Bright Spot for Drug Addiction
The Common's Home Affairs Select Committee report on drug policy shows some improvement in the battle against drug addiction.
The report shows that while not all methods of drug prevention have been effective, the evidence based prevention has proved effective.
The most notable positive outcome is the falling number of drug addicts in the last decade. Then number of young people seeking treatment for heroin and crack cocaine are also down. This, combined with a falling number of injection drug users means the UK should also see a decrease in the number of new HIV cases. Just as importantly, more people are seeking help for addiction. The number of people in recovery has significantly increased in recent years.
Currently there are around 300,000 heroin and crack addicts in England and 2.8 regular drug users. This is a substantial decrease from previous years. Much of this drop can be attributed to advances in the drug treatment services. These new treatments save lives and money. The National Audit Office found that for every £1 spent, on treatment, £2.5 was saved. This is great news for the government but the fight against addiction is by no means over.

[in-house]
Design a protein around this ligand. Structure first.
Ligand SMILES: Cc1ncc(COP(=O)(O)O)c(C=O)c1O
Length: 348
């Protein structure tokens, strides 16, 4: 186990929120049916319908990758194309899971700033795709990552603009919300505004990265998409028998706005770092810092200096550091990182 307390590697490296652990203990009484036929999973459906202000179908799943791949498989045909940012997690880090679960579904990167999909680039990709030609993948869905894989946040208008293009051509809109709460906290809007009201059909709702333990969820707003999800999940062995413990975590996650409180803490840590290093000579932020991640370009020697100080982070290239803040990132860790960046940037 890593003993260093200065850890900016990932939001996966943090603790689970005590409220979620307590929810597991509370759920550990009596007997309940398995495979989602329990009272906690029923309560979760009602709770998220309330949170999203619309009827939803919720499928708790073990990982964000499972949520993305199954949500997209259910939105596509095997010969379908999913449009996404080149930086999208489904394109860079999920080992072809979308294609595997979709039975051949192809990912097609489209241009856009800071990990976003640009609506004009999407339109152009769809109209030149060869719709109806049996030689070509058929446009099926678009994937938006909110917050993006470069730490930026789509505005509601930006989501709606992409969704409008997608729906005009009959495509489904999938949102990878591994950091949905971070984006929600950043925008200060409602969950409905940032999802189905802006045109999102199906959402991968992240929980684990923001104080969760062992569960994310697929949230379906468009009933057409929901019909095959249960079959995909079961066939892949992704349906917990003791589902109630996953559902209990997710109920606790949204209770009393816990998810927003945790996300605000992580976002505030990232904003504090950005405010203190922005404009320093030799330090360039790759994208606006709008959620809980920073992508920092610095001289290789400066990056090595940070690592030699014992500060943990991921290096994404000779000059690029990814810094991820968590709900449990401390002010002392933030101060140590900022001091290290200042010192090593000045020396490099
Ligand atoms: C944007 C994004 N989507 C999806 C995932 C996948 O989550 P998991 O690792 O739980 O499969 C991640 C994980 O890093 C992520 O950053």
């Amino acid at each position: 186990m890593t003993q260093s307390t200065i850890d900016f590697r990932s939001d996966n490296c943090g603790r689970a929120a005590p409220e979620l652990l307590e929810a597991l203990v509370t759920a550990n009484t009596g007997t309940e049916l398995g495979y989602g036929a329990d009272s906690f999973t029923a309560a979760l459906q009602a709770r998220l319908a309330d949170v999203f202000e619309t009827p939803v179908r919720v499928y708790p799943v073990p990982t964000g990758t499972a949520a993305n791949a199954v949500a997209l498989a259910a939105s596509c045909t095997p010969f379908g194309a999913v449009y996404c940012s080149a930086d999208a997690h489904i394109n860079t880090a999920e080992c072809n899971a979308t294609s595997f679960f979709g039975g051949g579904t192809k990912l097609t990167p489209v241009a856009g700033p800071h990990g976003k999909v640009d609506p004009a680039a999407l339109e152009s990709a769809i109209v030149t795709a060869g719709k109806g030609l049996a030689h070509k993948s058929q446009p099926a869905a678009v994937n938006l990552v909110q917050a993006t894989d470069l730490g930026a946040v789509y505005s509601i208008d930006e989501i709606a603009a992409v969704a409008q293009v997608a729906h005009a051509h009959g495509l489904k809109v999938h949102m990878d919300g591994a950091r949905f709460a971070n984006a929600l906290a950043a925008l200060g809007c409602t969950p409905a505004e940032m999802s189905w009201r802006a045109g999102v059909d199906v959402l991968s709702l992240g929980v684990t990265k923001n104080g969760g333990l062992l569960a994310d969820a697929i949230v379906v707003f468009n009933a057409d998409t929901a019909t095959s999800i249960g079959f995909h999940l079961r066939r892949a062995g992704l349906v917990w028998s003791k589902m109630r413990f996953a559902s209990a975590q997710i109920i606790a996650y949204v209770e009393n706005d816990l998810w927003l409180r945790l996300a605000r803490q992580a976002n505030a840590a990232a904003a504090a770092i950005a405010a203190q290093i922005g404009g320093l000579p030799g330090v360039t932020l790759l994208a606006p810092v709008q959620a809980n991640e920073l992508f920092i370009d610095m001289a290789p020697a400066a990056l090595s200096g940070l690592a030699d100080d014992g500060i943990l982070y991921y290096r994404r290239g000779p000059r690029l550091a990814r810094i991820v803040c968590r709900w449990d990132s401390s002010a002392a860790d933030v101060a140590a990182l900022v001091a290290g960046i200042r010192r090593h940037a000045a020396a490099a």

Most of the current addicts fall into two groups, the poor and people over 40. The poor often start taking drugs as a way of escaping from harsh realities and end up trapped in an addiction. This is made worse because they may not have the resources to seek professional help and there is no safety net in place to help them break their addiction.
Addicts over 40 are another large group of drug users. They most likely became addicted in the 70's or 80's before many people knew the damage drug addiction can cause. These people are most likely addiction to heroin and have been using for decades. That makes it much harder to treat their addiction, and can leave them struggling with little hope of recovery.
As the fight against addiction continues, it is important to remember that these groups exist. While the overall number of addicts is going down, it is not the time to become complacent. The UK needs to continue to invest in addiction treatment if it hopes to prevent another rise in drug addiction.